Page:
Novel November

The Border

by Robert McCammon

Reading Review by Michael Channing

The Border by Robert McCammon

This book marks a return to a genre many of McCammon's fans thought he might never revisit. Science fiction horror. Two alien races are engaged in a centuries-old war, and Earth just happens to lie along the disputed border. The human population is decimated, the atmosphere is poisoned and causes survivors to rapidly mutate into flesh-hungry monsters, and death rains randomly from above as the two factions launch increasingly more destructive weapons against each other, blind to the insignificant humans suffering below. Humanity's​ outlook is grim. As the book opens we meet a stronghold of survivors who face a dwindling supply of food and fresh water and a weakening will to live. Suicide is almost a daily event. Into their lives​ comes a young boy. He doesn't remember his past or his own name, but he has powers that might help make life bearable. And he has knowledge.

The boy is the one who tells everyone else the Earth is smack dab between the aliens’ disputed territories. He just knows, but doesn't know how he knows. He also knows there's a place where they can find hope and a possible way to pull out of humanity's downward spiral. He's not sure what they'll find there, but they must get there as soon as possible. Trust me, he says, I'm special.

Now he actually does prove himself to be special. He's not your average teenager. But as his story began to unfold, I became uneasy. I hate characters who have plot-necessary knowledge without earning that information. I despised the final season of Battlestar Galactica because of that very sin. It's the writer being too lazy to lay the groundwork of story, setting, or characterization. But I knew from previous novels that McCammon was too talented to fall prey to such traps. So I read on.

Writers have many tricks to set up a story's ending. Say, for instance, a character loves playing chess. We see her challenging and defeating her father, studying transcripts of masters tournaments. Then Earth is besieged by aliens who value not physical prowess but logical strategy. It's clear our hero will soon find herself across the board from an alien opponent. That's a rather heavy-handed example, but all writers do a version of this. They manipulate you into accepting a fictional world full of people who don't really exist. The better they are, the quicker you accept the necessary coincidences that tie together a narrative. Robert McCammon earns his transgressions, if we are to call them that. He sets up an engaging scenario, introduces a handful of hardened characters with just enough background to make them believable and sympathetic, and he does so with an expert command of the English language and perfect pacing. Yes there is a god-like character in this book, but he's not God. McCammon imbues him with enough limitations and frailties that we accept his superhuman abilities.

The great things about this book are many. The aliens are very alien, unique in a long line of literary invaders. The horrors are gut-wrenching. When blood flows, it flows deep. And there is meaningful loss. We watch a character sacrifice himself for the benefit of the larger group. It's a scene that pulls all the right strings, hits all the right heartnotes. From the very moment the band of survivors enters the stage, we feel the pressing doom of inevitable death. We hope they all make it through the story, be we can't help but feel someone has to die. So in the middle of the book we get this sacrifice scene. If it feels the author is showing his hand, it's because he is, but not because he lacks skill. No, he's letting you think you know what's happening just before he delivers a devastating blow. I read that section on a lunch break in a little cafe I'd never visited before, and I'll never forget that place or that sandwich. Not because of the quality of the food, but because of the quality of the story telling.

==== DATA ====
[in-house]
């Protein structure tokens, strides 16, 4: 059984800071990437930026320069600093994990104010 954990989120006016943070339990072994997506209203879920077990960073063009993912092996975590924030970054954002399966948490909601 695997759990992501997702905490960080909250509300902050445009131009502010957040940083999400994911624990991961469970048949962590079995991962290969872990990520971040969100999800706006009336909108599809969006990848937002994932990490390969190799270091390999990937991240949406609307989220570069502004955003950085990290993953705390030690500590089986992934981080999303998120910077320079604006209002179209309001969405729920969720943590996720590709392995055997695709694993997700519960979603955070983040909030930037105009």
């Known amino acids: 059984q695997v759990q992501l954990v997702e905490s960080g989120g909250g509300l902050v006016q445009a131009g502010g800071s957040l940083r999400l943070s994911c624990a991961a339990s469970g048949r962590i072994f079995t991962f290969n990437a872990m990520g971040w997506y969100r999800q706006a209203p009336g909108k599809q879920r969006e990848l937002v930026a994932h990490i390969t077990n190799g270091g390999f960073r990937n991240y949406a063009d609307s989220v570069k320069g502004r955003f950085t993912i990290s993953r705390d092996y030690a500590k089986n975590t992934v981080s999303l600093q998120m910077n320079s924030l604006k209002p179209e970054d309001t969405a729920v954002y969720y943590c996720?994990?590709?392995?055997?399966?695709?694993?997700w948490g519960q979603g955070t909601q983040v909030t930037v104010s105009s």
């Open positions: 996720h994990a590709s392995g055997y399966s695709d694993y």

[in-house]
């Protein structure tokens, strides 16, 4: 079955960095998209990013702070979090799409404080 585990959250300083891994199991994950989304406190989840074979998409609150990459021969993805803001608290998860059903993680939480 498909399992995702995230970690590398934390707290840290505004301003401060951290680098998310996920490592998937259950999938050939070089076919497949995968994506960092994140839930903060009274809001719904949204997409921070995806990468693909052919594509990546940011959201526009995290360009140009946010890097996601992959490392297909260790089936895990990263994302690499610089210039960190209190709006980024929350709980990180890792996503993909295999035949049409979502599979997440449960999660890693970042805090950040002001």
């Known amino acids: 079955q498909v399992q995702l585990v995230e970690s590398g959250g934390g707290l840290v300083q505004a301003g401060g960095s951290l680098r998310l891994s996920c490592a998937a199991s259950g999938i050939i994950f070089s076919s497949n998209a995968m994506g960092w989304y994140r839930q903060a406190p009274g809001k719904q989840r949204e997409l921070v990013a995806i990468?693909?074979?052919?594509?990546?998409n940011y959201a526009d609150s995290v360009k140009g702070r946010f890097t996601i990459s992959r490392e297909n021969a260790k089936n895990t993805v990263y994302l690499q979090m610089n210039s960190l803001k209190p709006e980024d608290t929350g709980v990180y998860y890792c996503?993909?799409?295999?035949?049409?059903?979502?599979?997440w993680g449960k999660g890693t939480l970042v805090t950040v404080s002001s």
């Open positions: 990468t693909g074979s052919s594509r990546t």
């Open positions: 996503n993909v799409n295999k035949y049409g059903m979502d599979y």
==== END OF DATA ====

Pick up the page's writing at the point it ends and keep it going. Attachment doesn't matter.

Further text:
Now I feel I must address the ending. I won't reveal any spoilers, but I have mixed feelings about the end of this novel. They definitely tip more to the side of acceptance, but I can't completely shake my doubts. The ending is a Deus ex machina. Throughout the novel, the main character is leading the rest towards a specific destination, and he continually says, the answer is there, the answer is there. So we the readers expect to find some kind of solution. There's no way the story can end with: Nope, there was nothing there after all and everyone gets run over by a truck. But on the other hand the author does such a good job of presenting a hopeless situation, we have to wonder what could possibly defeat two enemies of equal, staggering strength. I will admit that McCammon writes the best possible ending he could, but I feel just a little--not cheated, I won't go that far--but just slightly unsatisfied. Even with that said, McCammon does all he can to deflect our thoughts from the actual device of the ending by giving us one final, unexpected twist. It turns out that for one character, the world’s destruction might have been his only hope for redemption. That will echo in your mind as the final pages turn.

McCammon has blown up the world before. This book does have similarities to his older novel, Swan Song. Though it does bloom into its own unique flower, if you get to the end of The Border and feel somewhat disappointed, I will understand. But this is still the work of a master craftsman. It's an exciting ride, perfectly paced and full of sights you've never seen. Jump in and hold on.

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Chokes and Warbles
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Chokes and Warbles, a collection of essays and poems by Michael Channing

November 8, 2017